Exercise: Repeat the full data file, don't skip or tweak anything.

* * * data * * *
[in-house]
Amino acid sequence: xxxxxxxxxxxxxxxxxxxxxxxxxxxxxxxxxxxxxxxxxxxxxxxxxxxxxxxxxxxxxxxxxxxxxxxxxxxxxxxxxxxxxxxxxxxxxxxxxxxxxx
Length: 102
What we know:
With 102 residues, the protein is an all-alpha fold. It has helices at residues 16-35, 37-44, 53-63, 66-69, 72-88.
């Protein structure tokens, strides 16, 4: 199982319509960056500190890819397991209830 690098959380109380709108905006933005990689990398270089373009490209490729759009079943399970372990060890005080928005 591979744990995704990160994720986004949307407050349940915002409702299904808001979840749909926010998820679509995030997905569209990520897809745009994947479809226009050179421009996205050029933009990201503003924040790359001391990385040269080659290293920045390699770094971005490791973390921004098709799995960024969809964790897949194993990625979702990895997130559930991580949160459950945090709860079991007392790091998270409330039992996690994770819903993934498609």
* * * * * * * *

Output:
[in-house]
Amino acid sequence: xxxxxxxxxxxxxxxxxxxxxxxxxxxxxxxxxxxxxxxxxxxxxxxxxxxxxxxxxxxxxxxxxxxxxxxxxxxxxxxxxxxxxxxxxxxxxxxxxxxxxx
Length: 102
What we know:
With 102 residues, the protein is an all-alpha fold. It has helices at residues 16-35, 37-44, 53-63, 66-69, 72-88.
């Protein structure tokens, strides 16, 4: 199982319509960056500190890819397991209830 690098959380109380709108905006933005990689990398270089373009490209490729759009079943399970372990060890005080928005 591979744990995704990160994720986004949307407050349940915002409702299904808001979840749909926010998820679509995030997905569209990520897809745009994947479809226009050179421009996205050029933009990201503003924040790359001391990385040269080659290293920045390699770094971005490791973390921004098709799995960024969809964790897949194993990625979702990895997130559930991580949160459950945090709860079991007392790091998270409330039992996690994770819903993934498609």